For only the second time in its history, The Session comes to Ireland. This one's in the care of my good friend and drinking buddy Reuben, and the topic is Thanks To The Big Boys. It's something we know a bit about here, with two foreign breweries controlling 90-something per cent of the beer market. But I'm not going to talk about them.
Instead, a different foreign multinational which operates in Ireland, though three beers it doesn't actually sell here. These came courtesy of Reuben himself, via Kristy and the MolsonCoors people in the UK. All three are brewed at the William Worthington Brewery which is sited in the National Brewery Museum at MolsonCoors's base in Burton-on-Trent, recently developed and expanded under the supervision of master brewer Steve Wellington, one of the most respected names in English beer. So how does the Canadio-American giant do when it comes to quaint English ale?
The only truly modern one in the bunch is Red Shield, a brand extension from the well-known White Shield IPA. This suffers a bit from the problem Pete Brown identified with Stella Black a while ago: breweries should not include a beery colour in a beer name if the beer isn't actually that colour. Brown's Law. So Red Shield isn't red, it's a golden blonde affair throwing off bittersweet scents of posh cloudy lemonade from the the get-go. After it you get lovely summery fresh peachy flavours, deepening to boiled sweets with the bitterness asserting itself as it warms. I'm not seeing much in common with the stoic orangey warmth of White Shield, but as a lightly-sparkled zingy sunny day refresher, served chilled, Red Shield is impossible to dislike.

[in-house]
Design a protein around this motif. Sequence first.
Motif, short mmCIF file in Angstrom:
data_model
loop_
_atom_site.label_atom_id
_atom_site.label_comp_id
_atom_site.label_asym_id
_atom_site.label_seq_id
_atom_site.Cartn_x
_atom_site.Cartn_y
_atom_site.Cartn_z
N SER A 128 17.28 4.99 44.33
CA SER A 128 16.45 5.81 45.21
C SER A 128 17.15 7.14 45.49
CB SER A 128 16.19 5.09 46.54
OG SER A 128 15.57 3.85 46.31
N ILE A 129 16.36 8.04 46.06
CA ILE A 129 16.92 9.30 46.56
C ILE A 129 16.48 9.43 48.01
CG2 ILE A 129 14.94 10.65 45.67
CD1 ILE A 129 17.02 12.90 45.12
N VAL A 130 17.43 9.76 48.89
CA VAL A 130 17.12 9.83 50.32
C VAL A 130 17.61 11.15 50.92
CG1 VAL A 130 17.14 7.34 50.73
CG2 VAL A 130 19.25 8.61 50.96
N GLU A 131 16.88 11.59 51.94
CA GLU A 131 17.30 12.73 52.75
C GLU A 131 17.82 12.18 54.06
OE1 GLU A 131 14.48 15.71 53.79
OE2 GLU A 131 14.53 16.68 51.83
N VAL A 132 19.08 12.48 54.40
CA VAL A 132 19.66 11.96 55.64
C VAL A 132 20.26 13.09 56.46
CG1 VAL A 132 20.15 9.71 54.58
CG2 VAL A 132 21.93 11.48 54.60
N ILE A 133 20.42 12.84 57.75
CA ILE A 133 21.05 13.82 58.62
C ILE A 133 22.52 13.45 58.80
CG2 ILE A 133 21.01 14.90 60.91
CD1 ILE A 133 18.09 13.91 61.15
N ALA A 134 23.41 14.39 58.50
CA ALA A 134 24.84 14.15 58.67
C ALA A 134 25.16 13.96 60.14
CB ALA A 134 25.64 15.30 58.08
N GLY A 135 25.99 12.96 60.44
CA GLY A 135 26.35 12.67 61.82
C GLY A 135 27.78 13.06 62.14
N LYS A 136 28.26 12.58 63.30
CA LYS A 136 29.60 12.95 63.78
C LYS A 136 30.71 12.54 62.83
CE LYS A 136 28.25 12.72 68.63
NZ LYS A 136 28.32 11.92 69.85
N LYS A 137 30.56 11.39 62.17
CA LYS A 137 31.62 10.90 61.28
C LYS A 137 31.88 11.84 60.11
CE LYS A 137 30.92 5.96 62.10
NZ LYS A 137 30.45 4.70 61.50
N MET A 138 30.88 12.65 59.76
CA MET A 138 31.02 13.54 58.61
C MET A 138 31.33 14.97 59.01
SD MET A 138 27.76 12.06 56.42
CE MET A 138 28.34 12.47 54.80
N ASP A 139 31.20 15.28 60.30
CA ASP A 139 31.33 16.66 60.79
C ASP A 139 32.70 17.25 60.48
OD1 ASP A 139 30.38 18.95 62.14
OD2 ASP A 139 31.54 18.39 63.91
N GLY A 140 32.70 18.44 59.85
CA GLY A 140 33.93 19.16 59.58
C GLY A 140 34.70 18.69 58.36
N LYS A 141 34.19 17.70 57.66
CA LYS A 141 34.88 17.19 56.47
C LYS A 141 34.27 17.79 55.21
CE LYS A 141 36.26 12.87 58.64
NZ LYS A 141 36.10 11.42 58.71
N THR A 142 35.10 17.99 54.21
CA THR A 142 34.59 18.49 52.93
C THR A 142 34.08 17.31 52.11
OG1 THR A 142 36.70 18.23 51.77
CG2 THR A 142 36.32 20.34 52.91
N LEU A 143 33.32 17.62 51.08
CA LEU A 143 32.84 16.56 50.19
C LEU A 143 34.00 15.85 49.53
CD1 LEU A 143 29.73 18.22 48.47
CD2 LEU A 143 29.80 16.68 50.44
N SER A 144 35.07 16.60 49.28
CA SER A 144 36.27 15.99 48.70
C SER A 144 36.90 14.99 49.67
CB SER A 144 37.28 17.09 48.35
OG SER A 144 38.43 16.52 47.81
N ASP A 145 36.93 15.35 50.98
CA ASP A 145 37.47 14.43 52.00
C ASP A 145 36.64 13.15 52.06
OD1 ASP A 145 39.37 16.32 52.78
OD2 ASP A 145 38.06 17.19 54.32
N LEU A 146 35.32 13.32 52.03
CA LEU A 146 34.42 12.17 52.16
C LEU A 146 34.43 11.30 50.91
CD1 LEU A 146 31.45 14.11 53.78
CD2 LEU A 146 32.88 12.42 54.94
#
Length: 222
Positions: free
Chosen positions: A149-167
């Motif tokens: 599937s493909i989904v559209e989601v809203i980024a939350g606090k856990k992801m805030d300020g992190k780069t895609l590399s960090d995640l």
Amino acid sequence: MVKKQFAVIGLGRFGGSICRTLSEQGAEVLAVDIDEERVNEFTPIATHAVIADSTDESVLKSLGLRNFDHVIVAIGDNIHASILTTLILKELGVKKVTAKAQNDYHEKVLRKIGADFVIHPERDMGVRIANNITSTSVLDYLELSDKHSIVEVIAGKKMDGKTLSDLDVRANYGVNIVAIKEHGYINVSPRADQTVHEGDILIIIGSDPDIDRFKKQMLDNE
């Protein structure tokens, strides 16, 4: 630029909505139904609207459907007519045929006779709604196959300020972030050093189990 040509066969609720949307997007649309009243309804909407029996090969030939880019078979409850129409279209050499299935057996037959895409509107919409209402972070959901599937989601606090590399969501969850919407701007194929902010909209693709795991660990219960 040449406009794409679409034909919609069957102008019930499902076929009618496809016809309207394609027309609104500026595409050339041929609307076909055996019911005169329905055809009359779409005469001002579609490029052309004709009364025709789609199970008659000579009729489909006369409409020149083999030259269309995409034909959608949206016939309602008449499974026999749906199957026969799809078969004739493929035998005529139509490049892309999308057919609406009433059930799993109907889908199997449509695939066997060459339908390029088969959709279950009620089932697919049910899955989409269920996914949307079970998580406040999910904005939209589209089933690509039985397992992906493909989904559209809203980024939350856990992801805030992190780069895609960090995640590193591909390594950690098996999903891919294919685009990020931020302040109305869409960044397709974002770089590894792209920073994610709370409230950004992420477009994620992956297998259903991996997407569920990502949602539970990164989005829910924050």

Next up is Worthington E. An odd choice for resurrection, this, as it was previously best known from its time as a dodgy bitter back in the 1970s, before England learned how to brew nice keg beer. Prior to that it had been a well-respected Burton pale ale, and the recipe used here is one from 1965. It is, for rheumey-eyed hankerers after the classic beers from England's Big Six, the closest thing to Bass ale as it was in its heyday. (For those not familiar with the history, Bass acquired the Worthington brewery in 1927, and in 2002 MolsonCoors took possession of the Bass brewery, the recipes and everything else except the Bass name).
I can't imagine this bottle-conditioned version is much like the cask classic. It's fizzy as all hell with an irritating thick mattress of foam blocking access to the slightly hazy dark amber body beneath. The nose is subtly hoppy, reminding me of the not unpleasant stale beer aroma of a mostly-empty pub on a Saturday afternoon. The first pull delivers sticky, hard caramel followed by a mildly bitter orange oiliness. It keeps its balance and finishes on a classic Burton spark of gunpowder sulphur. In that typical English way it's understated without being at all bland; but the whole is let down by the overactive prickly fizz. This beer deserves more quiet dignity than the bottle affords it.
Last of the line-up is P2, a name which for me conjures images of Roberto Calvi hanging from Blackfriars Bridge with bricks in his pockets. No, I wasn't part of the focus group when this was launched. It's a full-on big-flavoured imperial stout, making waves at 8% ABV normally associated with beers in the 10-12% bracket. Like all the best imperial stouts the hops have been laid on heavy and bitter, giving an invigorating vegetal tang to the foretaste. The middle is all smooth and woody sherry followed by luxuriously silky dark chocolate. 8% ABV: I check the label again like a drunk in a cartoon. When the dark booziness leaves the stage the hops stir themselves for a slightly metallic encore. P2 is one of those complex but very drinkable beers that expert British brewers excel at.
Of course, any sane beer drinker knows that brewery size is no measure of beer quality, and that delicious beer can come from a Fortune 500 company just as easily as a tiny family-run one, so long as attention is paid to the ingredients and the methods. MolsonCoors may not be quite Fortune 500, but they seem to know what they're doing at the William Worthington plant.
Thanks to Reuben and the MolsonCoors UK folk for the bottles.
Next month The Session crosses the Irish Sea to be looked after by Mr. Brown himself, but we're taking it back in December when Steve in Cookstown will be at the reins.